Kindness is essential in our daily lives.
I will share weekly a new post with a message of how powerful kindness really can be.

Grandma's Apron

While growing up as a child I lived next door to my grandmother, affectionately known as Mya, and I can remember her wearing an apron every day.

My grandfather, affectionately known as Pappu, came to the United States from Greece before my grandmother and while working full time he built a large 4 bedroom house for his bride. When he finished the house he arranged for her and their son to come "from the old country" to join him in living together in their new home. Together they had 5 more children - three girls and two boys who both unfortunately died shortly after birth. As their daughters grew to adulthood my grandfather built two more houses on each side of the main family home. Mya and Pappu shared the main house with their eldest daughter and her spouse who provided them with 7 grandchildren and then he built two more houses on each side of theirs for his two younger daughters and their spouses who each provided them with 2 more grandchildren totaling 11 grandchildren.

My recollections of Mya are of an older, tired woman always dressed in black (except for her white pantaloons) with her hair wrapped in a "kerchief" who was always cooking in the kitchen. She barely spoke English but we all managed to understand her. I can still see her hanging out the back door with her apron hanging from her neck and tied behind her back as she called any nearby grandchildren to gather around for a piece of hot cinnamon rolls fresh from the oven.

My mother told me stories of my grandmother washing her apron out by hand every evening before retiring for the day and hanging it near the stove that heated the kitchen to make sure it would be dry the next morning. The apron, my mother said, was a necessity in keeping Mya's everyday clothes clean as in those days it was much easier to wash a smaller piece of cotton material than to wash your day-time clothes. My mother always wears a smock-type apron with pockets mostly when she is cooking but has on occasion worn it out to the backyard using the pockets to carry little things such as tissues, dog biscuits, etc.

I'd like to share with you a memory of Grandma's Apron by an anonymous author that I really connected with:

Grandma's Apron

My Grandma's apron covered her front and back looping over her shoulders and tieing at her waist in the back.

The principal use of Grandma's apron was to protect the dress underneath, because she only had a few. It was easier to wash aprons than dresses and they used less material, but along with that, it served as a potholder for removing hot pans from the oven.

It was wonderful for drying children' s tears and on occasion was even used for cleaning out dirty ears.

From the chicken coop, the apron was used for carrying eggs, fussy chicks, and sometimes half-hatched eggs to be finished in the warming oven.

When company came, those aprons were ideal hiding places for shy kids.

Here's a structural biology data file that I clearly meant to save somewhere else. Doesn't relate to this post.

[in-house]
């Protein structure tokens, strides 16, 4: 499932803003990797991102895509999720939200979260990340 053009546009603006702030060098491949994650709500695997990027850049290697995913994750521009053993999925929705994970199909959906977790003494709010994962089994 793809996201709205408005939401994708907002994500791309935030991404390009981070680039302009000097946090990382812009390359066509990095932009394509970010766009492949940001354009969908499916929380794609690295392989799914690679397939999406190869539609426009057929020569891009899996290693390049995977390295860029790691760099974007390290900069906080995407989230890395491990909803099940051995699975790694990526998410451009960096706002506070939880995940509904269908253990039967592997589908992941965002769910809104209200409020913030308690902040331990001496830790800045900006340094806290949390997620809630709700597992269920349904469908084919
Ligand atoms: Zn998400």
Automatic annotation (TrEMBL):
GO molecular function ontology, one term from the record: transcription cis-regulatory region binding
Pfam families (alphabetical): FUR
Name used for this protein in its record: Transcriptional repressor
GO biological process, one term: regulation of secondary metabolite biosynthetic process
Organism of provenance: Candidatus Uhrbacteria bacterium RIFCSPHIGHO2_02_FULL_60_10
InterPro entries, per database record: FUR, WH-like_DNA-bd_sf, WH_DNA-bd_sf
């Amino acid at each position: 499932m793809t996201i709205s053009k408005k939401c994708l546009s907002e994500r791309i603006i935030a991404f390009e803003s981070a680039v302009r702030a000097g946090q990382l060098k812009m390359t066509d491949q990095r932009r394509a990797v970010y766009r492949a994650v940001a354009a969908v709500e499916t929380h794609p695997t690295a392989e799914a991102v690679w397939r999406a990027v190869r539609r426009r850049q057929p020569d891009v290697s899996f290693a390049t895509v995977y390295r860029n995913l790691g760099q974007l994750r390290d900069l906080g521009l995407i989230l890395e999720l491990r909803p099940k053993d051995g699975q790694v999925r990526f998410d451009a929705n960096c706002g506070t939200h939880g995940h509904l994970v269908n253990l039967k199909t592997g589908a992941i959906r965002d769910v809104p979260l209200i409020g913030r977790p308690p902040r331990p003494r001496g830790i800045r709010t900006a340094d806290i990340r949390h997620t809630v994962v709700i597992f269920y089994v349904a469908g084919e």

And when the weather was cold, grandma wrapped it around her arms.

Those big old aprons wiped many a perspiring brow, bent over the hot wood stove.

Chips and kindling wood were brought into the kitchen in that apron.

From the garden, it carried all sorts of vegetables. After the peas had been shelled, it carried out the hulls.

In the fall, the apron was used to bring in apples that had fallen from the trees.

When unexpected company drove up the road, it was surprising how much furniture that old apron could dust in a matter of seconds.

When dinner was ready, Grandma walked out onto the porch, waved her apron, and the men knew it was time to come in from the fields to dinner.

It will be a long time before someone invents something that will replace that 'old-time apron' that served so many purposes.

This can be a good history lesson for those that have no idea how the apron played a part in our lives.

Grandma used to set her hot baked apple pies on the window sill to cool.
Her granddaughters set theirs on the window sill to thaw.
They would go crazy now trying to figure out how many germs were on that apron.
I never caught anything from an apron…But Love. (Author Unknown)
I can picture my Mya using her apron in many of these same ways. She raised chickens, heated her kitchen stove with wood, had a large vegetable garden in her backyard along with fruit trees and was surrounded by many grandchildren.

I'm not in the habit of wearing an apron as often as I should, therefore, beginning today, I am going to make  a better effort to wear one each and every time I prepare a food item to eliminate getting grease stains and white powder residue (from flour) on my clothing. I may even wear one outside the kitchen as I also raise chickens, grow vegetables and fruit and heat with wood. I've just learned many new ways to use an apron but who knew you could use it for dusting?? In my case, I'm never too old to learn.

My most favorite apron, presented to me as a gift in 2001 from my now 11 year old grandson, is on display in my kitchen hanging from a magnet on the side of the refrigerator. Luv it!


  1. Hi daph
    Thank you for bringing back all the wonderful memories of Mya!!
    Wonderful writing!!!!
    Grandma Moriniti wore an apron too. I guess I took after the two old girls. I brought my full cover apron to Florida with me. Have a collection of aprons and love them!!!

  2. Now that I fully understand just how important a full apron really is, you can bet I'll be wearing one at all times. Maybe I can dig up a pattern somewhere and make a real cute one for myself.